Such a Bayesian paradigm provides a promising framework for improving statistical inference and regulatory decision making.
A Bayesian approach
The probability-based inference deployed in Bayesian methods has recently been shown to be useful in the drug development process. Dr Ruberg and his team propose a Bayesian approach that uses data from other trials as the prior knowledge for answering the question, “Is this new treatment effective and safe?”. The outcome of the Phase 1 trial becomes the prior probability for Phase 2 and together with the Phase 2 data, they generate an updated probability, the Phase 2 posterior. Likewise, the Phase 2 posterior probability becomes the prior probability for Phase 3 and combined with the Phase 3 data produce an updated probability, the Phase 3 posterior, which is effectively the probability that the new drug is effective and safe.
The research team have demonstrated the value of a Bayesian approach with data from real clinical trials for a new biologic (a drug that is derived from living organisms or contains components of living organisms e.g. vaccines or allergenics). They have shown that using a traditional frequentist approach, the analysis produces negative or ambiguous results from two Phase 3 clinical trials. Using the same two clinical trials and a Bayesian analysis demonstrates the unequivocal effectiveness of the new biologic treatment.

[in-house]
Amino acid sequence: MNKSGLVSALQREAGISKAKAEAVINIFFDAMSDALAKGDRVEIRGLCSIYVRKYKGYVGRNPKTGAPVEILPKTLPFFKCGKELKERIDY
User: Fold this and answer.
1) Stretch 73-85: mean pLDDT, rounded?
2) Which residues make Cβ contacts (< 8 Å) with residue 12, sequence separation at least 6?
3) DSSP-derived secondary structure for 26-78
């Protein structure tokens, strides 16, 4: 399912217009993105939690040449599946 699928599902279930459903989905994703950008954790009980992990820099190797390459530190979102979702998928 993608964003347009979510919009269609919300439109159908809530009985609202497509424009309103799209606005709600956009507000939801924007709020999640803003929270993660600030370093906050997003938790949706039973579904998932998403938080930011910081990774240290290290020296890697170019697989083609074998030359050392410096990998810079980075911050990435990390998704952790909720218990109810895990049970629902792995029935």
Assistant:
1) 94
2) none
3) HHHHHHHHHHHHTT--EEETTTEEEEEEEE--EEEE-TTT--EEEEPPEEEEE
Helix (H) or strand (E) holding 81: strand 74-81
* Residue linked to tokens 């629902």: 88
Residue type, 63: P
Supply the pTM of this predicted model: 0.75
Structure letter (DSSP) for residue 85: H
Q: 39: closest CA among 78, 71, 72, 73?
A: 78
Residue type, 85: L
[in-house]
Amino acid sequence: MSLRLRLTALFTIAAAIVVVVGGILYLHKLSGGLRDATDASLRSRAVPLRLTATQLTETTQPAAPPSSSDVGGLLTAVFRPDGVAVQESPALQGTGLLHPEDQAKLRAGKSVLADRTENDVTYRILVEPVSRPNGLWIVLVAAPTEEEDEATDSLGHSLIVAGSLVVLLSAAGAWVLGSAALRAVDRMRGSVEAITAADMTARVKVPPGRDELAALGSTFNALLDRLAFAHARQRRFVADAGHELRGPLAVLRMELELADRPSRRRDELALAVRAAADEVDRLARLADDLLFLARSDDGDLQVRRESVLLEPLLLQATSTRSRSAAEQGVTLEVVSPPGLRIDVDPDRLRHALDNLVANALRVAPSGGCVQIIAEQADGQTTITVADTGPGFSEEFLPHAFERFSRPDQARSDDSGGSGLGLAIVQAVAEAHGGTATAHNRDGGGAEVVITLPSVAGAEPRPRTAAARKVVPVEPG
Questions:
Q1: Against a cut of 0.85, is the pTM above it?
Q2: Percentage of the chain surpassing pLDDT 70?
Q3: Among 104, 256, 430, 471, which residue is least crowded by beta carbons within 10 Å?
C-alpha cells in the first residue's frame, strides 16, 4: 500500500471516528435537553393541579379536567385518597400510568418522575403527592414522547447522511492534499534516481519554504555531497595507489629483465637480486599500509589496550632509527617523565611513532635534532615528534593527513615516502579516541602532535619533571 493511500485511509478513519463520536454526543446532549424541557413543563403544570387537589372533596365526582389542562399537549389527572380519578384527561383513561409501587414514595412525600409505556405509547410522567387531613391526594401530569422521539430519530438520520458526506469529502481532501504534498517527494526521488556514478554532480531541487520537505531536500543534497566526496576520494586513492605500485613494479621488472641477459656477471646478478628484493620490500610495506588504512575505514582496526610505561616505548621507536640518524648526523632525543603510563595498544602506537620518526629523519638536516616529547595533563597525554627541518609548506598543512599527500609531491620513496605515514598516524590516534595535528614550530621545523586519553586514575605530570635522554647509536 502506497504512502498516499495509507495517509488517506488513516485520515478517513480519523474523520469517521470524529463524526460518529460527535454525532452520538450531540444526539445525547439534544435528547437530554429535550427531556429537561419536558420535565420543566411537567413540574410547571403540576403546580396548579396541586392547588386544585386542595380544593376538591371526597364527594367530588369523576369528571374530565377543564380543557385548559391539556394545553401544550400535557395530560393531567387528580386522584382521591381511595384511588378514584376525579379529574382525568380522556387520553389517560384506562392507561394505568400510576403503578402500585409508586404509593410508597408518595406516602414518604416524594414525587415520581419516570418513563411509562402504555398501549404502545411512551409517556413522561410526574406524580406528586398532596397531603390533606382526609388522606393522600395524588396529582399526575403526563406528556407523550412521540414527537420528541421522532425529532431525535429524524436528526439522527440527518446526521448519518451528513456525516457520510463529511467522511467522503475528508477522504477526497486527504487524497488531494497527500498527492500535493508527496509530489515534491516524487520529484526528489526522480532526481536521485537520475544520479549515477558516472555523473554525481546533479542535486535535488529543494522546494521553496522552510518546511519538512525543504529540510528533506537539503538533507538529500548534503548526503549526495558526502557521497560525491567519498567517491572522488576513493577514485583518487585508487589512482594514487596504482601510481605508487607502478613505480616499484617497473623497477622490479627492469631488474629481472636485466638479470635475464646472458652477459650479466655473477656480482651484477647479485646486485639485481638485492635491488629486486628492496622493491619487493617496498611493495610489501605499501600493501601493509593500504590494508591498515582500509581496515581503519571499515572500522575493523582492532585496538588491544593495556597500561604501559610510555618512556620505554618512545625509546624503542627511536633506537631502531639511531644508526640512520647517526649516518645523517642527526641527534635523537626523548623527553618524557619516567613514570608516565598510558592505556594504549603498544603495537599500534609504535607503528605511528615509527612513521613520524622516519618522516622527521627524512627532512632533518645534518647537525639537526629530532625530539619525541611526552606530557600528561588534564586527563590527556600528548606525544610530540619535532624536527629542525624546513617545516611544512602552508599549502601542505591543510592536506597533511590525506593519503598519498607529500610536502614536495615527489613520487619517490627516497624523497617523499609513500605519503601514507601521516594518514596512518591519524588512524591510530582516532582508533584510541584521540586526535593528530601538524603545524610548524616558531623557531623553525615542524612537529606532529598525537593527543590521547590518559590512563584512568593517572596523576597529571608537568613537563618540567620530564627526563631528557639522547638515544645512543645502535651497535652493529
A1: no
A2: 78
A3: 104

Much of their research has been devoted to the analysis of efficacy data as this is where hypothesis testing and p-values currently play a particularly dominant role. However, from their work to date, the research team believe the Bayesian approach is an appropriate methodology for the safety evaluation of a new treatment as well.
Ruberg argues that a Bayesian model that synthesises data from preclinical research and previous clinical trials as a ‘prior’ for a Phase 3 trial should be employed to generate probability statements that support the understanding of the magnitude of the actual treatment effect. As Dr Ruberg says, “Such a Bayesian paradigm provides a promising framework for improving statistical inference and regulatory decision making.”
The utility of the Bayesian approach requires a greater level of sophistication when compared with the frequentist methods, and therefore demands more thoughtful implementation. A prior probability or belief in the treatment efficacy is also required. Nevertheless, when the health of the population is at stake, it is imperative that the best possible synthesis of all available data is employed to make informed decisions.
How do you intend to persuade the regulatory agencies to adopt the Bayesian paradigm?
The US FDA already allows for the use of Bayesian methods when evaluating and approving medical devices. When developing new therapeutic treatments, there are some special situations – like the study of treatments for rare diseases – where there is some willingness to consider Bayesian approaches. The same or similar statements apply to selected other regulatory agencies outside the US. As our knowledge and experience with Bayesian approaches grow, there is a greater opportunity to shift from traditional frequentist hypothesis testing to Bayesian estimates of a treatment’s effectiveness and safety.